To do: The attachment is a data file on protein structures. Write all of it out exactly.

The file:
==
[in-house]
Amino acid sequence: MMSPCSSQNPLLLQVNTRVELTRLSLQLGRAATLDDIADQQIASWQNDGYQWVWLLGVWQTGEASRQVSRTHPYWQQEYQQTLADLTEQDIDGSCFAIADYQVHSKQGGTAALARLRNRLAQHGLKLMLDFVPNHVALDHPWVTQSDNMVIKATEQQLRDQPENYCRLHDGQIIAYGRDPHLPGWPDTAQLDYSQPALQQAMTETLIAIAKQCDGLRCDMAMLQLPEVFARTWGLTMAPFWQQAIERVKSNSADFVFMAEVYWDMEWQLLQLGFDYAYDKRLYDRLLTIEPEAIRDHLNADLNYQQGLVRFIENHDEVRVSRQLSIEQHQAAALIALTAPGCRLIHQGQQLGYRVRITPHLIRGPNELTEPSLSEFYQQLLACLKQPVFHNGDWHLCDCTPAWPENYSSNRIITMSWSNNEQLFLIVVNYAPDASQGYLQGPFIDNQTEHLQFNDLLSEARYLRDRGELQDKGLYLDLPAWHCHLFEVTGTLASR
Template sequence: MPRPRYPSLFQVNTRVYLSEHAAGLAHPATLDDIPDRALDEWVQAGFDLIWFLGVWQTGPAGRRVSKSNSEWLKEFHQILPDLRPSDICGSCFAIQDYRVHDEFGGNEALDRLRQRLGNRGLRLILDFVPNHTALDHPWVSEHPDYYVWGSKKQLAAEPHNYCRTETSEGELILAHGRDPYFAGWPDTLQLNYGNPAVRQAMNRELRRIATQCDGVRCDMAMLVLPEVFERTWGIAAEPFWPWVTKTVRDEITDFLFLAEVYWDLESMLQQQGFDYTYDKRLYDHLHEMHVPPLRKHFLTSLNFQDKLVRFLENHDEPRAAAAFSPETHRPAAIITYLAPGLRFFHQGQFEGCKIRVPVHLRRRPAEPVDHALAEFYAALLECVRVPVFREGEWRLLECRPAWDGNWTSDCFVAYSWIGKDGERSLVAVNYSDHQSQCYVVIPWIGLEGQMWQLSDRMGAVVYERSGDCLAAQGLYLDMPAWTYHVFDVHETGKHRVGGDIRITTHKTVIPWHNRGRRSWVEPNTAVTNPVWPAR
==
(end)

[in-house]
Amino acid sequence: MMSPCSSQNPLLLQVNTRVELTRLSLQLGRAATLDDIADQQIASWQNDGYQWVWLLGVWQTGEASRQVSRTHPYWQQEYQQTLADLTEQDIDGSCFAIADYQVHSKQGGTAALARLRNRLAQHGLKLMLDFVPNHVALDHPWVTQSDNMVIKATEQQLRDQPENYCRLHDGQIIAYGRDPHLPGWPDTAQLDYSQPALQQAMTETLIAIAKQCDGLRCDMAMLQLPEVFARTWGLTMAPFWQQAIERVKSNSADFVFMAEVYWDMEWQLLQLGFDYAYDKRLYDRLLTIEPEAIRDHLNADLNYQQGLVRFIENHDEVRVSRQLSIEQHQAAALIALTAPGCRLIHQGQQLGYRVRITPHLIRGPNELTEPSLSEFYQQLLACLKQPVFHNGDWHLCDCTPAWPENYSSNRIITMSWSNNEQLFLIVVNYAPDASQGYLQGPFIDNQTEHLQFNDLLSEARYLRDRGELQDKGLYLDLPAWHCHLFEVTGTLASR
Template sequence: MPRPRYPSLFQVNTRVYLSEHAAGLAHPATLDDIPDRALDEWVQAGFDLIWFLGVWQTGPAGRRVSKSNSEWLKEFHQILPDLRPSDICGSCFAIQDYRVHDEFGGNEALDRLRQRLGNRGLRLILDFVPNHTALDHPWVSEHPDYYVWGSKKQLAAEPHNYCRTETSEGELILAHGRDPYFAGWPDTLQLNYGNPAVRQAMNRELRRIATQCDGVRCDMAMLVLPEVFERTWGIAAEPFWPWVTKTVRDEITDFLFLAEVYWDLESMLQQQGFDYTYDKRLYDHLHEMHVPPLRKHFLTSLNFQDKLVRFLENHDEPRAAAAFSPETHRPAAIITYLAPGLRFFHQGQFEGCKIRVPVHLRRRPAEPVDHALAEFYAALLECVRVPVFREGEWRLLECRPAWDGNWTSDCFVAYSWIGKDGERSLVAVNYSDHQSQCYVVIPWIGLEGQMWQLSDRMGAVVYERSGDCLAAQGLYLDMPAWTYHVFDVHETGKHRVGGDIRITTHKTVIPWHNRGRRSWVEPNTAVTNPVWPAR